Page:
- Two medical affidavits sworn by the General Practitioner and Consultant of the person to be made a Ward of Court.
How does the application process work?
1. Submit Application and Medical Reports
The application is formally known as a ‘Petition’. Once the Petition and medical evidence are lodged with the Court, the Registrar of Wards of Court will review the papers and raise any queries that may arise directly with the solicitor of the person who submitted the application.
2. High Court Review of Application
Once the papers are in order the President of the High Court will review the papers and in the event that the President is of the view that it is appropriate for the person to be made a Ward of Court an Inquiry Order will be granted by the Court. The Inquiry Order will direct that an investigation is carried out by a medical attendant instructed by the Court to report on the capacity of the person to be made a Ward of Court. The President will also direct that the Wardship papers be served on the person to be made a Ward of Court and proof of service of the papers lodged with the Court.
3. Court Case and Management of the Assets
After these requirements are met the case will be listed before the High Court for an Order to be made declaring the person a Ward of Court and making directions for dealings with their assets.
Wardship Process Timeframe
The process to make someone a Ward of Court is reliant on a number of parties, such as doctors and consultants who must furnish medical evidence. Therefore, the timeframe for completion of a Wardship application is dependent on these factors. In general, applications can take approximately 9-12 months.
Will I have to appear in Court for a Ward of Court application hearing?
Wardship applications are determined on Affidavit evidence rather than oral evidence before the Court. Generally, you will not need to appear before the Court.
Will the details of the person to be made a Ward of Court be told to the Court in a public hearing?
The details of the Wardship application remain private and the President of The High Court generally reads the papers in private in advance of the Court list. The affairs of a Ward of Court are private and confidential and the Wards of Court Office cannot release information to the public.
Wardship Application Costs
Firstly, there is a cost payable to the Court for Wardship applications, this is known as Wardship levy and is dependent on the income of the Ward. These costs are payable to the state.
The legal costs of a successful Wardship application are measured by the Court which means that the solicitor acting for the Committee will submit their bill of costs to the Court and the Court will determine the reasonableness of the bill and approve the costs that should be paid. In total the costs involved usually are (but not limited to):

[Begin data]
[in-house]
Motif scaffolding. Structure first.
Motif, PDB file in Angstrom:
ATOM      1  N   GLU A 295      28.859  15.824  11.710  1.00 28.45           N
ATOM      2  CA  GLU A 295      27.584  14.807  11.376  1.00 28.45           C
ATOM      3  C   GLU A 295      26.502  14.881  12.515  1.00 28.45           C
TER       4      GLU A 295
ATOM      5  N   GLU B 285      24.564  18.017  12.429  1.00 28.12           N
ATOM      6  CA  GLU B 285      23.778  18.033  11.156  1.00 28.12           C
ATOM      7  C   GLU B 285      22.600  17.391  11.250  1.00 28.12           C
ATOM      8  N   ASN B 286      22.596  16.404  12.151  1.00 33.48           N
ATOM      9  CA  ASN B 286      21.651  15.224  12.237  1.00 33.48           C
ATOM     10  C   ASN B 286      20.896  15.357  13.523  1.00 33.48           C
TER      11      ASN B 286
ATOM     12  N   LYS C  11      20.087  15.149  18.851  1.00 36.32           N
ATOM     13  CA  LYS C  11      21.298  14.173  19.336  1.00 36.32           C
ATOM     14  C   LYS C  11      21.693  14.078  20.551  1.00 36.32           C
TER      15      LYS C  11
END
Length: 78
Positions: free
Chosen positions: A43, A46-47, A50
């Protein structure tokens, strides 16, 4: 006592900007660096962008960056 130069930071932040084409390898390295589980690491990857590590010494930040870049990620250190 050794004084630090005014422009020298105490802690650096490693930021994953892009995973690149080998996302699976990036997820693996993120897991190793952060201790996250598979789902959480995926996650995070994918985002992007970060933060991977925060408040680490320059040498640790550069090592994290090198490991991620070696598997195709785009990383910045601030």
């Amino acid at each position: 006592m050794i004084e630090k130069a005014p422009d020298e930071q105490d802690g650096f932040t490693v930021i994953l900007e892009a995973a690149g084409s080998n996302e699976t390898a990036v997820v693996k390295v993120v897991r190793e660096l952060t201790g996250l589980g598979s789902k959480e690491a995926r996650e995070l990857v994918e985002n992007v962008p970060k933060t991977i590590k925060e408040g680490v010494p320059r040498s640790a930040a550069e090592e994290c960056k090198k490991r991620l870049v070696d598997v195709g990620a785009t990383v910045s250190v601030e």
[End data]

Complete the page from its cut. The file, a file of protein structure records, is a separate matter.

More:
- Solicitor’s fees
- Medical reports
- Stamp duty
The Court will then discharge the monies for the costs from the Wards monies as lodged in the Court.
The costs of an application to make a person a Ward are paid from the assets of the Ward providing the application is successful. The person who applies for Wardship must pay the costs of Wardship in the event of the application being unsuccessful.
Ward of Court Objections
Once the application process is complete, a notice of the proposed Wardship must be served personally to the person who is the subject of the application. The documents that are shown to the potential Ward of Court will notify them of their right to object. The person who is the subject of a Wardship application can object to them being made a Ward of Court.
They may object to the being made ward of court by notifying the Registrar in writing within a certain time period. They will usually do this through a solicitor.
The person who is the subject of a Ward of Court application is served personally with the application documentation and is advised of their right to object to the application – this is a measure to help safeguard the proposed Ward in the event of a fraudulent application.
Often there is no objection from this person as in losing their mental capacity they will have most likely lost the ability to understand matters, including the Ward of Court legal process.
If you have an objection to another person being made Ward of Court you should notify the Registrar of the Wards of Court.
What decisions can the Ward of Court still make?
The decisions that a Ward can make depend on the level of capacity the Ward retains. For example, a Ward of Court may make a will once the Court is satisfied as to the capacity of the Ward based on medical evidence.
‘Small estates procedure’ for making someone a Ward of Court?
In certain circumstances, an application may be made to the Circuit Court for arrangements to be made to access the assets of a person who lacks the capacity to deal with their affairs.
Recovery of Ward of Court
In the event that a Ward of Court recovers an application can be made to the Court to discharge the Wardship. This application is based on medical evidence supporting the claim that the Ward has regained their ability to manage their own affairs.
Death of a Ward of Court?
If a Ward dies the Committee must inform the Court and discharge the Wardship. The assets of the Ward of Court then become a matter for the estate of the Ward and will be dealt with in accordance with the Ward’s Will or under the Rules of Intestacy. The role of the Committee will then be discharged and the responsibility for dealing with the estate of the Ward will be the Executors or the Administrators.